The River (part 3)

(originally written 2004-2005)

Chapter 3

The rest of the day went as usual and the evening just as well. I left the dock when the sun went behind the buildings and I could no longer paint with any natural light. My back was sore from sitting on the stool for eight hours after lunch, and I found myself wanting Nandin with me to carry my bags. I was fine without him, though. The short walk was one I made every day that it wasn’t raining. Oh how I wished for some rain right now, some excuse to not go out tomorrow. If I ever ran into Nandin again I would say, “Oh, I wasn’t at the dock because it was raining that day.” It would be something he could verify and understand and not in the least bit suspect that I was avoiding him. Oh, for some rain tomorrow.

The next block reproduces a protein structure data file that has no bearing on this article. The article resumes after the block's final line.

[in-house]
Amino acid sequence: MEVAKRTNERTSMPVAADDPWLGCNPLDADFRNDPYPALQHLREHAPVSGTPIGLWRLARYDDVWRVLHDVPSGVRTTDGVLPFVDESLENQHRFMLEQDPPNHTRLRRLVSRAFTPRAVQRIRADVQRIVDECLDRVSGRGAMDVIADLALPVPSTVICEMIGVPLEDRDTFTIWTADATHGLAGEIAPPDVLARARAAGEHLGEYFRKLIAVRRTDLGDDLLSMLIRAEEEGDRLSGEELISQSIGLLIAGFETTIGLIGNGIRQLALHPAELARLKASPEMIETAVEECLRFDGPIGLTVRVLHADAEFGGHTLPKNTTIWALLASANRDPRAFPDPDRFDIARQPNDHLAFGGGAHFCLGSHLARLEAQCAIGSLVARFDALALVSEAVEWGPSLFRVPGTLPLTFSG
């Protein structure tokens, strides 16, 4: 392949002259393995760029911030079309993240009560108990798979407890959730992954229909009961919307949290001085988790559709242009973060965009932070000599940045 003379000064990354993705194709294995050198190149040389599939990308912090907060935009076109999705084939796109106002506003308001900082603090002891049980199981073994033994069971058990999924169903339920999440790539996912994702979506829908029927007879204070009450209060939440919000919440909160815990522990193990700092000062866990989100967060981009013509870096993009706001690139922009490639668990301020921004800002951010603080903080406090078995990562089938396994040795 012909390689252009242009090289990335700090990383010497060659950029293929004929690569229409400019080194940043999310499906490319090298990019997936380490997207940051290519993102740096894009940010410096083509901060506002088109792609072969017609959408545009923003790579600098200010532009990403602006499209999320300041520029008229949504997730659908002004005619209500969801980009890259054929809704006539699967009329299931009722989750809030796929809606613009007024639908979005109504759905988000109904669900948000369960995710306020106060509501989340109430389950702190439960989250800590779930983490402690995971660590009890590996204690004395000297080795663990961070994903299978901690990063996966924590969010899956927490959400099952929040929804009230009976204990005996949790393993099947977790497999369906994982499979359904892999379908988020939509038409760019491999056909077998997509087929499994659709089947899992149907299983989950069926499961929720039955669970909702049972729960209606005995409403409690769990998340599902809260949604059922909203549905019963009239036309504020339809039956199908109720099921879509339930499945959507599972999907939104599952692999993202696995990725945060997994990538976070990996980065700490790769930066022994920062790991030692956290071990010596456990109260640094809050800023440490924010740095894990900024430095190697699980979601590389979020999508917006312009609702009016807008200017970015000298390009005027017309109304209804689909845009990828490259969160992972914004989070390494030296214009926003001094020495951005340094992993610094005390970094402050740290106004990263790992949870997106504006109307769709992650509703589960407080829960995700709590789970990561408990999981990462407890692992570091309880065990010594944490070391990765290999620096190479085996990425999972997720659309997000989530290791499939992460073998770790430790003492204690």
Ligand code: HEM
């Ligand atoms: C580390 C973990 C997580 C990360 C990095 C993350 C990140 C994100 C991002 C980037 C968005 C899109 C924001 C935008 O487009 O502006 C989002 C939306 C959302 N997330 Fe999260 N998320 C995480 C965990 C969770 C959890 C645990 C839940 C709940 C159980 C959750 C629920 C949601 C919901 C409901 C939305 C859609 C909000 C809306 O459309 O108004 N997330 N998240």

I dropped my bags inside and informed my cat that he wasn’t the only man who loved me anymore. He didn’t care in the least bit, all he wanted was some food. I dumped a can of some off-brand cat food into a bowl for him and proceeded to undress. I needed another shower after today. The sun was out in full force and I never take off my jacket while out. I’d rather sweat in the heat than let the merciless sun burn my fair skin. Smelling for a bit was a small price to pay to prevent damaged nerve endings and lobster-tinted arms.